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Futures and Options Week



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Rogue trading and the road to redemption

Nick Leeson, Kweku Adoboli, Jerome Kerviel, Yashuo Hamanaka, Boris Picano-Nacci.

Matthew Taylor.

A fairly innocuous name but one that this week joined the rogue’s gallery of derivatives traders now better known for criminal wrong-doing than for their achievement.

The former up-and-coming Goldman Sachs star handed himself over to the FBI, pleading guilty to concealing an $8.3bn position in 2007, some 10 times over the limit set for his department.

He now faces up to 20 years in prison and his former employer has agreed to pay $1.5m on top of the $118.4m it originally lost due his actions.

Running through Taylor’s story and those of others in the same infamous boat, there are some common themes – lying, concealment, escalation and fear. 

Sneak around in the dark

But there is an additional element all too often present in the common tale of rogue trading – how long they were able to continue their fraud and build up eye-watering losses before being discovered.

In the case of Taylor, his deception took place over the course of just seven days followed by six years before he was brought in front of the courts.

PFG’s owner, Russell Wasendof, spent a full two years stealing from his own clients with little more than personality and a copy machine providing his cover.

Taylor’s tale serves as warning yet again for the industry that while the villains will always sneak around in the dark, perhaps a few more street lights wouldn’t go amiss.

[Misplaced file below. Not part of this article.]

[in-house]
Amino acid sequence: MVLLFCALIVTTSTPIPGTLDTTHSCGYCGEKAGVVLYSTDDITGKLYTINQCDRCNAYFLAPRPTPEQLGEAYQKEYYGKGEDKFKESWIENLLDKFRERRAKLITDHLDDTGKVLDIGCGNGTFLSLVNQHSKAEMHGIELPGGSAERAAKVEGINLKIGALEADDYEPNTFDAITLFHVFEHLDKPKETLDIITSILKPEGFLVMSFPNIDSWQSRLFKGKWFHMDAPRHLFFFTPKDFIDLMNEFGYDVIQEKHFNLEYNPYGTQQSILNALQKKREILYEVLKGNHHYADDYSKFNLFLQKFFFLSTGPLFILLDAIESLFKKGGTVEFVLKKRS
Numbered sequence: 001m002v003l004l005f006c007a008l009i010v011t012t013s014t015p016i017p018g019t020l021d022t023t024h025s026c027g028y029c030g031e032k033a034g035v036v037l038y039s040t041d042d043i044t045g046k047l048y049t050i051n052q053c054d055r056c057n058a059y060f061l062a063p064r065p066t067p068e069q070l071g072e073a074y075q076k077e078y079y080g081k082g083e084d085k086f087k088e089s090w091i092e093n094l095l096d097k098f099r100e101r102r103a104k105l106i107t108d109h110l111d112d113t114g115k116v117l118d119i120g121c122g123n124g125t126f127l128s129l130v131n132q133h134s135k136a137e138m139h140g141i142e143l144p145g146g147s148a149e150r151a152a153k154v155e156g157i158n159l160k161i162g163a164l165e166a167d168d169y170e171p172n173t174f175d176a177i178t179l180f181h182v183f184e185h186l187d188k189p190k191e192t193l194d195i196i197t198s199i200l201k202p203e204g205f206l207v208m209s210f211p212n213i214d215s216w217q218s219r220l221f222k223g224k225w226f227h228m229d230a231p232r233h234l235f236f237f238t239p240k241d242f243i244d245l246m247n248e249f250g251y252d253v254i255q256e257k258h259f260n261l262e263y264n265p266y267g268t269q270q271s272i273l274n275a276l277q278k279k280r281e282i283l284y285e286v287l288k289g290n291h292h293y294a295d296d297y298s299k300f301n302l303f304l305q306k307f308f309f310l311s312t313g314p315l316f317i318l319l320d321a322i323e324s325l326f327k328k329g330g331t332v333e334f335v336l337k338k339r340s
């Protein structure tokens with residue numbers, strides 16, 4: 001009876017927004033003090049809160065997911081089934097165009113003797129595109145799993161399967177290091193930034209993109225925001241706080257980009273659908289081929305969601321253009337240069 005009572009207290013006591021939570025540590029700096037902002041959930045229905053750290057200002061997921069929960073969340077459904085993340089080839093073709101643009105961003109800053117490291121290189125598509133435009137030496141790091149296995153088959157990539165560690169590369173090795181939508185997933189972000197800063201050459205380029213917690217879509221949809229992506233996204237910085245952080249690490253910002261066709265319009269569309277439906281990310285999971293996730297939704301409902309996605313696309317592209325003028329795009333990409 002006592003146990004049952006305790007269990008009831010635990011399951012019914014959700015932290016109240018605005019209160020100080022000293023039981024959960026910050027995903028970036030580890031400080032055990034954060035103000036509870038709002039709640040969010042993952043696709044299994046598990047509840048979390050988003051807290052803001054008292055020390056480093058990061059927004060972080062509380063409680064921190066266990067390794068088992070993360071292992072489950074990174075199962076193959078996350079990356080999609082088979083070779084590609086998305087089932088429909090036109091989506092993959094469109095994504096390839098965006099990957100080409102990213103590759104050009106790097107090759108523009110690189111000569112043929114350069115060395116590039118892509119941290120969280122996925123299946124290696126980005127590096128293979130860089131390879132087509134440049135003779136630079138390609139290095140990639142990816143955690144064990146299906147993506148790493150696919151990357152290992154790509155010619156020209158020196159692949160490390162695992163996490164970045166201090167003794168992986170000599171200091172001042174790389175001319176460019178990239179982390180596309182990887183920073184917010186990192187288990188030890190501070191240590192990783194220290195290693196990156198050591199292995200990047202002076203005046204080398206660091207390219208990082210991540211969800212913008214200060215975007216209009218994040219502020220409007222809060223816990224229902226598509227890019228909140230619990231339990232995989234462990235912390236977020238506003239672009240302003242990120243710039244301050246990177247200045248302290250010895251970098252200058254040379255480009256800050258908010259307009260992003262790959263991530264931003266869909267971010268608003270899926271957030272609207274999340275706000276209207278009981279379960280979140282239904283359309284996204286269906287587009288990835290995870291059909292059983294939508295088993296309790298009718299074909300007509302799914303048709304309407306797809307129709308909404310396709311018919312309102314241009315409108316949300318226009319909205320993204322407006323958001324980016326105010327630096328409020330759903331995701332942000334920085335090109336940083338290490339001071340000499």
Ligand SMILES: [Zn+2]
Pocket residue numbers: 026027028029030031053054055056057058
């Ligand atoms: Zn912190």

Blindfold the watchdogs?

"Goldman failed to have policies or procedures reasonably designed to detect and prevent the manual entry of fabricated futures trades into its front office systems," said the CFTC after fining the banking giant for not having noticed Taylor’s actions sooner.

Hindsight is often more of a curse than a cure, but of course there are often lessons to learn from past failings.

As FOWi reported last month, in the US the de-regulation campaigners have achieved some relatively under-the-radar successes.

The House Agriculture Committee approved six new bills to deregulate derivatives, modifying significant changes imposed by the CFTC under Dodd-Frank.

The bills will next be considered by the full House. 

Benefit of hindsight

While ill-considered regulatory change is often worse than no change at all, the days of light touch regulation also claimed notable victims – including the UK’s regulatory body the FSA which was disbanded this week following sustained political pressure to change.

At the Committee hearing in the US, Democrat Collin Peterson drew on his benefit of hindsight to share a warning prior to the vote.

"Two of the worst votes I ever made in this place was the Commodity [Futures] Modernization Act of 2000 that exempted all of these swaps from any regulation or any margins," Peterson said.

"I didn't know any better.

“So just be careful. You can vote any way you want, but this could come back and haunt you."



Nicola Tavendale
News editor, FOW Intelligence






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